The Ultimate Common AC Problems Guide

The Ultimate Common AC Problems Guide

Appliances Electrician

You walk into your home and immediately notice something isn’t right. It feels stuffy, humid, and hot. If this happens to you, chances are, you’ve got an AC problem!

Don’t panic, though. It could be a simple issue that you can fix yourself.

Before you call in a pro, check out this round-up of the most common AC problems. We’ve even thrown in some tips for taking care of them on your own.

Thermostat Issues

If you find that your AC is not working as it should, the first thing you’ll want to do is check your thermostat. Sometimes the issue is something as simple as the thermostat being unintentionally turned off or an incorrect setting.

If you don’t have an obvious problem, you might need an HVAC specialist to recalibrate or replace your thermostat. Calibration problems are particularly common in the older, dial-type thermostats while newer digital thermostats are more likely to have been programmed incorrectly.

If you have a programmable thermostat, try re-reading the manual before calling in an AC company. Still, have an old-style thermostat? It’s likely time to update to a new smart thermostat with programmable options.

Lack of Maintenance

Dirty air filters are one of the most common AC issues. When your filters get clogged up with debris, air can’t flow through as it should. This will make your system less efficient, which will cost you more money.

The extra wear and tear it causes to your system can also lead to you needing an HVAC replacement much sooner than you should. It’s best to replace your filters every 30 to 90 days at a minimum. If you have multiple people and pets in your home, you might even need to replace them more frequently.

Luckily, air filters are inexpensive, and this easy task can make a real difference in your HVAC system’s performance.

Power Issues

If your AC system isn’t running, check to make sure it has power. The first thing you’ll want to do is take a look at your circuit breaker to see if it has been tripped. If not, check the wire and terminals on your compressor and fan controls.

Sometimes, corrosion can cause an issue with your contacts and electrical connections. If you’re not familiar with dealing with electricity, consider having a professional come take a look instead.

Sensor Problems

Your AC system has a thermostat sensor that’s located behind the control panel. This tracks the temperature of the air that comes out of the evaporative coil. The sensor must be close to the coil without actually touching it.

If the sensor has been moved out of place, it can cause your AC system to function erratically or constantly cycle on and off. Sometimes, you can fix this on your own by carefully bending the wires until the sensor is back in the appropriate place.

Drainage Issues

Your AC system has a condensate drain that allows humidity to drain out. If it’s clogged or not working properly, this can cause the water to back up into your system and cause problems.

A clogged condensate drain can also lead to flooding, so make sure you periodically check it and clear it out if it’s not draining quickly and completely.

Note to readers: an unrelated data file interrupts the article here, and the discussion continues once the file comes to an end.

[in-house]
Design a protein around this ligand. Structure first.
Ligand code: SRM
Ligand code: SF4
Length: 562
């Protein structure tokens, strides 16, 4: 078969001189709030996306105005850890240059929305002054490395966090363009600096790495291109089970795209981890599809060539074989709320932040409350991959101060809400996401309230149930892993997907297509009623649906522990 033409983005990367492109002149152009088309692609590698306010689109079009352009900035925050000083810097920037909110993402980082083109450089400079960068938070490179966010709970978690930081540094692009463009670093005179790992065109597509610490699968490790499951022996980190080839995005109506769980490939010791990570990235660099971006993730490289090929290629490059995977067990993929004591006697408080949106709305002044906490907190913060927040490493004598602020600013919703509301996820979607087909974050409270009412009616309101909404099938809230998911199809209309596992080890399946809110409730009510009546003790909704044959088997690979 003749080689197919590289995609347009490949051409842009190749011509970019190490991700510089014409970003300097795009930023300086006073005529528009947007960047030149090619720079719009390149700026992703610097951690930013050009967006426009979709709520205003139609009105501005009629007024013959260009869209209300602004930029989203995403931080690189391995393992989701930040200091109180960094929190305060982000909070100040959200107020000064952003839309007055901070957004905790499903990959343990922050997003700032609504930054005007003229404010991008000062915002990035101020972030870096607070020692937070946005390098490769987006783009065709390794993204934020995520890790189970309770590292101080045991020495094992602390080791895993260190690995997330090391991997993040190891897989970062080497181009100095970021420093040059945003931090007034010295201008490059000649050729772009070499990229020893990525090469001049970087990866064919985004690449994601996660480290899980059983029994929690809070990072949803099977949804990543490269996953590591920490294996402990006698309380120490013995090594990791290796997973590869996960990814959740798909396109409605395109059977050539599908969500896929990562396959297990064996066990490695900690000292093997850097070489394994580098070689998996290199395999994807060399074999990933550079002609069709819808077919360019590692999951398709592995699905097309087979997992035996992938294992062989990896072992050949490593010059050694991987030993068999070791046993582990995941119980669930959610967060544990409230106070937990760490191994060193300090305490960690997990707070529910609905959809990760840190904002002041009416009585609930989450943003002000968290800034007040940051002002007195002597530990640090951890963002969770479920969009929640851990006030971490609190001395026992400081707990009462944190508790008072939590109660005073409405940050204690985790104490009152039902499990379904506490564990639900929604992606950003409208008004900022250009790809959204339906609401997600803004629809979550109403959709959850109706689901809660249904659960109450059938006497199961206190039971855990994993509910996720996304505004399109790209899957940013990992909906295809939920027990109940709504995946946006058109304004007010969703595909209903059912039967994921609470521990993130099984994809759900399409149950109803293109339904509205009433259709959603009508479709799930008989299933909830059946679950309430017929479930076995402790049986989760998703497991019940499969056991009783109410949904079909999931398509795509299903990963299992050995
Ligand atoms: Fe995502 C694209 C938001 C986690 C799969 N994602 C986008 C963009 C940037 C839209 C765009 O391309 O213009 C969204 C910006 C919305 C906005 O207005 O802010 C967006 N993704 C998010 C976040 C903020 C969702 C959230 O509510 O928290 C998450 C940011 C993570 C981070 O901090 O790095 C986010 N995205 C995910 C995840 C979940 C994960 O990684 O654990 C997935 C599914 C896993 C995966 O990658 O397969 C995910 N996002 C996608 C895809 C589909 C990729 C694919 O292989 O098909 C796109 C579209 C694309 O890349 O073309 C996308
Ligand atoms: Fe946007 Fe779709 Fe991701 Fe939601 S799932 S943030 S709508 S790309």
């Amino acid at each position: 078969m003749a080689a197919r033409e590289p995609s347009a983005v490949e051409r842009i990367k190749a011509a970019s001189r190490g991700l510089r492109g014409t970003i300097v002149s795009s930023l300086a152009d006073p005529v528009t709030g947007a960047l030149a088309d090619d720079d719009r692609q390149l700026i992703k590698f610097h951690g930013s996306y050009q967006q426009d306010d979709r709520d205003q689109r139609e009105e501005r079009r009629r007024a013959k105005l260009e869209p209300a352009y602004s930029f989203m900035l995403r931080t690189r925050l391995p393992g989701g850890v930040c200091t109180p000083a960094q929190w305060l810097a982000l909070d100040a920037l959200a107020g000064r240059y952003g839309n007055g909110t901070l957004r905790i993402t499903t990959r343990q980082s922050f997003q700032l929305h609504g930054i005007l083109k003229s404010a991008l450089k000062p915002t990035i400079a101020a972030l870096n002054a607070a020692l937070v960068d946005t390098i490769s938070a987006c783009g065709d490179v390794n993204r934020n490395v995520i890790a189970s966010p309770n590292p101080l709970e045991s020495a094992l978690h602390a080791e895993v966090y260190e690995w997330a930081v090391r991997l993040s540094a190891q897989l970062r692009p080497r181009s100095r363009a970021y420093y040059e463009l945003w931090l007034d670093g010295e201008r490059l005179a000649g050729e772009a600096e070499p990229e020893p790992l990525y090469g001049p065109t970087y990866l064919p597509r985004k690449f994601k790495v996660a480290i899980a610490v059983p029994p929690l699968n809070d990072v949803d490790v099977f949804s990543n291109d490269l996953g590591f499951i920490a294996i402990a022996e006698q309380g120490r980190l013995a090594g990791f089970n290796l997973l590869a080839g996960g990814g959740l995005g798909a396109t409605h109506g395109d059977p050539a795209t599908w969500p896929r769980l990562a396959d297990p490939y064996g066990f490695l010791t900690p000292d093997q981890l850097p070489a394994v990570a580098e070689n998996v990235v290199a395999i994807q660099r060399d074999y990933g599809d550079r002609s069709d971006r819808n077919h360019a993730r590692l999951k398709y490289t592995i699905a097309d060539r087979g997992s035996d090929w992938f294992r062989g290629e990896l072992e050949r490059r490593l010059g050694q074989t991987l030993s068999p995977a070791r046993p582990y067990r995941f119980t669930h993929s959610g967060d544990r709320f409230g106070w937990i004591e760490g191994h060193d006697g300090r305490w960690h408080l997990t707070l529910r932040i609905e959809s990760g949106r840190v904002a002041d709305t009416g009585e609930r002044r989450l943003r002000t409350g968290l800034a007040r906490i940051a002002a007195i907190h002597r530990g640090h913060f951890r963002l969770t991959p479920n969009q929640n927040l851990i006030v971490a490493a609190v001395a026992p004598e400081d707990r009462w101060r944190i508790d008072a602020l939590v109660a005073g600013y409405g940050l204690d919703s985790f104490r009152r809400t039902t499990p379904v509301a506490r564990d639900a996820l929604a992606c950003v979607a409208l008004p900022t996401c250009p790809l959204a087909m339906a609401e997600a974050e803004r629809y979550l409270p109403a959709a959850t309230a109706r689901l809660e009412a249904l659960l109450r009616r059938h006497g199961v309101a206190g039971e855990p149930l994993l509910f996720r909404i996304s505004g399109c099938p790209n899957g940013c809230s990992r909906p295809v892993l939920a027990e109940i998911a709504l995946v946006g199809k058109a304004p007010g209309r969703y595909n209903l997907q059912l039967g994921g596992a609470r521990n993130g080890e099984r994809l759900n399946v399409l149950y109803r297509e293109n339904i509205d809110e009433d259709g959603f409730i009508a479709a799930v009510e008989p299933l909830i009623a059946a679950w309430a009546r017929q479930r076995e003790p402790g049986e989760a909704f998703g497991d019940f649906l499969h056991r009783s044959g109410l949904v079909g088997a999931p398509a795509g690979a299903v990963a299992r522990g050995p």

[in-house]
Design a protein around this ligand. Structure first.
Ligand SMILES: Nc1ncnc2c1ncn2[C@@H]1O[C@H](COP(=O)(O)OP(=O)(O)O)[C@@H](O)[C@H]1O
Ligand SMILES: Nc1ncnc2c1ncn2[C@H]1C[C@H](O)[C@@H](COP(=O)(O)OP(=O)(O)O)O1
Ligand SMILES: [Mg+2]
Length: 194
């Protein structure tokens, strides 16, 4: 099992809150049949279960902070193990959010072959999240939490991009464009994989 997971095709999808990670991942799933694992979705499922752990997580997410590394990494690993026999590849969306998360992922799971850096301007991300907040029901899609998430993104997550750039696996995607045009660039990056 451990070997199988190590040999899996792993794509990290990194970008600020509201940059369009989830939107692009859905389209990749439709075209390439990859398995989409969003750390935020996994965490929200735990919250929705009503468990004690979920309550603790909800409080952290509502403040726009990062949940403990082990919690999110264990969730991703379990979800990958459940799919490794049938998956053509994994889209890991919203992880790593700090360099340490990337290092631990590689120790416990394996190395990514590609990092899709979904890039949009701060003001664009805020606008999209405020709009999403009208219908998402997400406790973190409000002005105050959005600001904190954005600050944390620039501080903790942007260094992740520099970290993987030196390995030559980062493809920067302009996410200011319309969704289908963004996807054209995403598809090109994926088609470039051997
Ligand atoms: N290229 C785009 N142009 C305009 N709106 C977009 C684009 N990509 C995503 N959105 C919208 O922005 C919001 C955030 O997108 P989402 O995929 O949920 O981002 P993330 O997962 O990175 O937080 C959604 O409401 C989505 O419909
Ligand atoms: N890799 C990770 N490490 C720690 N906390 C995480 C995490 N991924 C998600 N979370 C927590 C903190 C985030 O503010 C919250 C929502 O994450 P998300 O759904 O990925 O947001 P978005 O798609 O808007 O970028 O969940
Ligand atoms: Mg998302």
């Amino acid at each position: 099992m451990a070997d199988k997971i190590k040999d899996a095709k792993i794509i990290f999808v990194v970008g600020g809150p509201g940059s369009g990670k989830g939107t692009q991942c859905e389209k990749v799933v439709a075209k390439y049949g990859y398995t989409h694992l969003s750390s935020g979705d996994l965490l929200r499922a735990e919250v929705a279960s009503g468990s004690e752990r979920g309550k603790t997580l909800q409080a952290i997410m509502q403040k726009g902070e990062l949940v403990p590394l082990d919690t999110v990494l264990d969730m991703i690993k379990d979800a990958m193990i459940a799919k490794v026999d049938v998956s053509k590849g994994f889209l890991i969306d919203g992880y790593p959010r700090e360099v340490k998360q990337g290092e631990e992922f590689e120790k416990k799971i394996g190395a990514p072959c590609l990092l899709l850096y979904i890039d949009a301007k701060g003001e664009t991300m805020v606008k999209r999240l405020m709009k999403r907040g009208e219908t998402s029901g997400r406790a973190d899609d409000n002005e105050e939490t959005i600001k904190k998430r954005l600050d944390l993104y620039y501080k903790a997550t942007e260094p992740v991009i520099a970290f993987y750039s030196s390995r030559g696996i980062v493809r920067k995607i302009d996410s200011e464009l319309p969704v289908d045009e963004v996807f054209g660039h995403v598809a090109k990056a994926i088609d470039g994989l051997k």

Low Refrigerant

If your AC system is low on refrigerant, you’ll need to call in a repair professional. There’s a chance it was undercharged from the beginning, but it’s more likely that it has developed a leak. An HVAC expert will repair the leak, test it, and then charge your system back to where it should be.

Condenser Problems

The condenser in your AC unit releases the heat that’s been removed from the air back into the outdoors. Since the coils are part of your outdoor unit, it’s easy for it to collect dirt, leaves, twigs, and other debris.

When your condenser coils are dirty, it will interrupt the transfer of heat, causing your AC unit to work less efficiently. Not only does this make it harder for the system to keep your home cool, but it also lowers your system’s life expectancy.

Frozen Evaporator Coil

Your system’s evaporator coils contain the refrigerant that absorbs heat. Issues like dirty air filters, problems with your air ducts, or low refrigerant can all cause airflow issues. Diminished airflow sometimes leads to a layer of ice accumulating on your evaporator coils.

If this is the issue, you’ll likely notice warm air – or no air – coming from your AC supply registers.

Dirty or Leaking Air Ducts

Central air conditioning works by moving air throughout your home using a system of air ducts. If these ducts are clogged up with dirt or they leak, your HVAC system will struggle to keep up.

It’s common for air ducts to develop tears, so this is something you’ll want to check. Leaks or tears will allow the cool air to spread inside your walls, which does nothing to cool your home.

Noisy Fans

HVAC systems use a fan to blow air over the evaporator coil and the condenser. If one or both of these fans is making a lot of noise, there’s a problem that needs to be fixed.

Often, this is caused by dirt and debris or by worn belts. Sometimes, a bearing is deteriorating, or a piece has come loose. If you notice strange noises coming from your system, your best bet is to shut it off so you can avoid further damage until a professional can come to fix it.

Troubleshoot Your Common AC Problems

Now that you know a bit more about the most common AC problems, you’re one step closer to getting your house back to a comfortable temperature. Just remember to always put safety first and call in the pros when you need them.

Looking for even more great tips to help keep your home in top shape? Scroll through a few more of our blog posts! We cover everything from maintenance to remodels and more.

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